“Then we finally opened up the tea, super excited to start shipping it out. We'd just run out of our Australian manufacturers' product and the tea was compost, basically. It was disgusting.”
“I wouldn't even let my team touch it without gloves on. It had metal bolts in it, had springs in it. You could just see it was wet and dirty, and disgusting, and we sent it off to be tested just for a laugh. And it had a choline, all kinds of bacteria in it.”
And she handled it the way you would expect: cried. Her lawyer told her there was very little chance of getting any money out of the supplier, and she realised she had to cut her losses.
“That did become one of my biggest learnings; fail first. Resilience is how quickly you can get over your failures, basically.”
“And that is what you need when you're starting something out.”
Andrew Maloney: Own up to it
It’s one thing to owe someone for last Friday’s poke bowl. It’s another thing to be in debt for a restaurant felled by Sydney’s lockout laws.
Andrew Maloney, the founder of Flatmates.com, found himself in this situation in 2015 when his brother’s Kings Cross restaurant, the popular Jimmy Liks was forced to shut its doors.
The lockout laws had just come into effect, and Saturday dinner trade fell by a cataclysmic 30 per cent.
Worst of all, Andrew had been guarantor. He still remembers the phone call with the landlord, who expressed worry for Andrew.
“That’s a bit of a hurdle,” he said.
He was up for way more than he had lying around, but knew he was about to come into some major cash - he was in the process of selling Flatmates.com, which would ultimately go for millions of dollars.
But he didn’t have that money yet.
“Big tip if you're ever in a situation where you owe someone money, always talk to them,” he said.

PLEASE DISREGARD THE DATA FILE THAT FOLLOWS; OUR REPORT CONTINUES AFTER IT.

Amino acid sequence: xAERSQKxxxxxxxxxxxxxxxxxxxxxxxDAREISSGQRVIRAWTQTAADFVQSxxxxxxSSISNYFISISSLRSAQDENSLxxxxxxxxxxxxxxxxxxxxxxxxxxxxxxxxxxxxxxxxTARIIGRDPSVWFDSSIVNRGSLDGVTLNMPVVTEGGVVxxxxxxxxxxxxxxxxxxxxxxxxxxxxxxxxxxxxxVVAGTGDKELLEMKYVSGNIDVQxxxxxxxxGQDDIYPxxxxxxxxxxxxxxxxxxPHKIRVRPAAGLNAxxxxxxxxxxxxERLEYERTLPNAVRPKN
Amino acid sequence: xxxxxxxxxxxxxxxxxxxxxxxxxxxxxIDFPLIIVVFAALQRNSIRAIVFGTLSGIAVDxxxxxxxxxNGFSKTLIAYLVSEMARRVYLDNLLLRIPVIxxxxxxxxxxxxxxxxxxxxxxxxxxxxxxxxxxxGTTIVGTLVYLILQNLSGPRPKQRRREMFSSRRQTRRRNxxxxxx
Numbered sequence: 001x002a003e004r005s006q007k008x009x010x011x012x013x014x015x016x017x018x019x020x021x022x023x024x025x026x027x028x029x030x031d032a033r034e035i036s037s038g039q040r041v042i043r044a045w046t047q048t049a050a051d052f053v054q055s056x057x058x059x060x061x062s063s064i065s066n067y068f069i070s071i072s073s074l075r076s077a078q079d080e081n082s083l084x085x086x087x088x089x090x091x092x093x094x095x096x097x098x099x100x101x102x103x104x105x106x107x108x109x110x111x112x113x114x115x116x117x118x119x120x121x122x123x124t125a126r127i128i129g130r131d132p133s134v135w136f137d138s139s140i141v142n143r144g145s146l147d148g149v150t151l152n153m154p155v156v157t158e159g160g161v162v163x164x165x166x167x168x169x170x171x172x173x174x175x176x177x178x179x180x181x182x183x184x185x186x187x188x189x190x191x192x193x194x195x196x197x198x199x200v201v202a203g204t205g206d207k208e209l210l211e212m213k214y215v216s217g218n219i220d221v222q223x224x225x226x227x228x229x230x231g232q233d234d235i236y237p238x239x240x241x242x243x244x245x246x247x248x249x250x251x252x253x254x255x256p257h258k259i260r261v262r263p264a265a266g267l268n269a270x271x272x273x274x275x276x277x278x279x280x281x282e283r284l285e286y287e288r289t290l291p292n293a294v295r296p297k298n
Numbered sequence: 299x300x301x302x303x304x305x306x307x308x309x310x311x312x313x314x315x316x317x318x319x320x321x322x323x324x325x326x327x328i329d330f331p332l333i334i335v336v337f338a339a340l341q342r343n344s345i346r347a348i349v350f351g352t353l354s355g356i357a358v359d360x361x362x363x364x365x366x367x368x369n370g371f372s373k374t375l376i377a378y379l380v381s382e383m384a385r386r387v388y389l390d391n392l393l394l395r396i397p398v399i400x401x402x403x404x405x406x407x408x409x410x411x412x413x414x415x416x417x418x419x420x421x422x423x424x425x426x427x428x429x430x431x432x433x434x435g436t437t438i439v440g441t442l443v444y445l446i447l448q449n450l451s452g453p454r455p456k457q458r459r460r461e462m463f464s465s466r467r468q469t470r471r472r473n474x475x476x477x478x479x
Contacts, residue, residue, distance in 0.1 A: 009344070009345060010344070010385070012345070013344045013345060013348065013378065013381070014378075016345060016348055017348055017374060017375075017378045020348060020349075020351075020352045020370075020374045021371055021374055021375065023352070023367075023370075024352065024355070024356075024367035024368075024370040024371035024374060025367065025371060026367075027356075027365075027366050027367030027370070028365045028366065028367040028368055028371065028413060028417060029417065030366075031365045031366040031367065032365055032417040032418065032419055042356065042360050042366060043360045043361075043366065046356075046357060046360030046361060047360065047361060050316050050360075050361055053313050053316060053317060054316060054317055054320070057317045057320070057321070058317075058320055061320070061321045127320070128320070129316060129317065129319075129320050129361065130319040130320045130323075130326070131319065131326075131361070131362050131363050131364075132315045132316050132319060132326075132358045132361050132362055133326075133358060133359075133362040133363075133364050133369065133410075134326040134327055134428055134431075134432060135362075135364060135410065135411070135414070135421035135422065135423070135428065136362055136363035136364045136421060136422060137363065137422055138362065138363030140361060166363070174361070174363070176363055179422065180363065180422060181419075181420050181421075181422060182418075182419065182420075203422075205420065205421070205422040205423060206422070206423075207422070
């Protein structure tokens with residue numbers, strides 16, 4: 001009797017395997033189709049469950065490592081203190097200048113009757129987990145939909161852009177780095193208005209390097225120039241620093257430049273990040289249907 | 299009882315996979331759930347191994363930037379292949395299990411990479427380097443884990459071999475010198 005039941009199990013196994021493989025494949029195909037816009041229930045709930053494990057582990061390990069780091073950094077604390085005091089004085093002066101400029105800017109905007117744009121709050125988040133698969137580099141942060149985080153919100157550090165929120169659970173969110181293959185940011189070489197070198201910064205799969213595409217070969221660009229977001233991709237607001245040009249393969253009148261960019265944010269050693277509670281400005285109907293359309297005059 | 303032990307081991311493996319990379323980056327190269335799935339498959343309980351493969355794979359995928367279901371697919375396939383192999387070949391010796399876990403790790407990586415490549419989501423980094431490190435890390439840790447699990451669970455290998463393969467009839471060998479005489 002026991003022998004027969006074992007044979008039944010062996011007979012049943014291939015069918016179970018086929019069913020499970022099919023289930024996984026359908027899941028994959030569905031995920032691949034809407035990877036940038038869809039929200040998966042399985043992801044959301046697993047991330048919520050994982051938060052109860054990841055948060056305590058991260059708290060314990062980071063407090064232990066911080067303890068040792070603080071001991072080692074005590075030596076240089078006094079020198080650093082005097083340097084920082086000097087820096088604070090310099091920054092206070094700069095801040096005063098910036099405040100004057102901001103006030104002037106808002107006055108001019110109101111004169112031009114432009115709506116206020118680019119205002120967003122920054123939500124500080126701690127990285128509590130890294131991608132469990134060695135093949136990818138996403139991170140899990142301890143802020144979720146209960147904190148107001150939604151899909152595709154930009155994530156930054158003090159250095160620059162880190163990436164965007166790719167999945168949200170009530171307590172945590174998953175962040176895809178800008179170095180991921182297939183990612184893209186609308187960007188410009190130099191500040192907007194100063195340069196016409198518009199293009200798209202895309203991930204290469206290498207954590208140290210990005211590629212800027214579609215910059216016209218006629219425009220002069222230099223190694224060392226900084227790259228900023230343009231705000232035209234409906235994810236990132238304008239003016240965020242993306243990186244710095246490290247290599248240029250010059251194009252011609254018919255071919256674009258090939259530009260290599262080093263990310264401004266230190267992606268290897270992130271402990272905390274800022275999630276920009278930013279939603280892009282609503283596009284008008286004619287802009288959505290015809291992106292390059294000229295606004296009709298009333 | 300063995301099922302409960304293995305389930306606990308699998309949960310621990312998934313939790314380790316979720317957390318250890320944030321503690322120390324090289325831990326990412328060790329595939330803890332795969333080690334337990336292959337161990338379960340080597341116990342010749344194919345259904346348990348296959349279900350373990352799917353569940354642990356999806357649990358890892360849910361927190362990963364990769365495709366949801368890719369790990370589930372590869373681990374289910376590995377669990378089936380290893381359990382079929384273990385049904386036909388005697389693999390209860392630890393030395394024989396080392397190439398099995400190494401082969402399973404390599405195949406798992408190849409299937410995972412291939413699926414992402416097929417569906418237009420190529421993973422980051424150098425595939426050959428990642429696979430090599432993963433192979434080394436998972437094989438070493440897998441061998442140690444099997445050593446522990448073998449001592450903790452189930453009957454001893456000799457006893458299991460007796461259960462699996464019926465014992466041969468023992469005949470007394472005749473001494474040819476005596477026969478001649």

“Don't be the person who's dodging their phone calls and difficult. I just fronted up and said to this guy, ‘Look, I can't write that check today. Let's have coffee next week.’”
He had coffee with him every week, just so the landlord knew he was in the process of fixing the problem.
“We had the transaction happening in the background and when it finally happened, it was all fine.”
Hayden Cox: Do what needs to be done
No one wants to destroy one surfboard, let alone 700. But, as Haydenshapes founder, Hayden Cox will tell you, sometimes it needs to be done.
He had partnered with a factory in Thailand, working with them on the design and how he wanted the surfboards to be built.
“I was on the ground, working with a composite manufacturer who would build carbon fiber parts for the Audis and the Ferraris of the world. They've been building surfboards since the '70s,” he explained.
“But the way I build my boards and the set of materials and the way I approached every single process was very different. Very different, but not very different from traditional surfboard manufacturing.”
He wasn’t happy with the first 700 surfboards that had been made, so he had to destroy all of them.
“As sad as it is to destroy that - close to half a million dollars worth of product to destroy - if I didn't get that right I was going to be a failure. And I wasn't going to fail twice.”
He said he’d learnt through working with our manufacturers what he was good at and what he wasn’t.
Now, he had to apply that knowledge to scaling up.
“Your challenges that you face being in business will be just as challenging even when externally everyone thinks you're doing great.”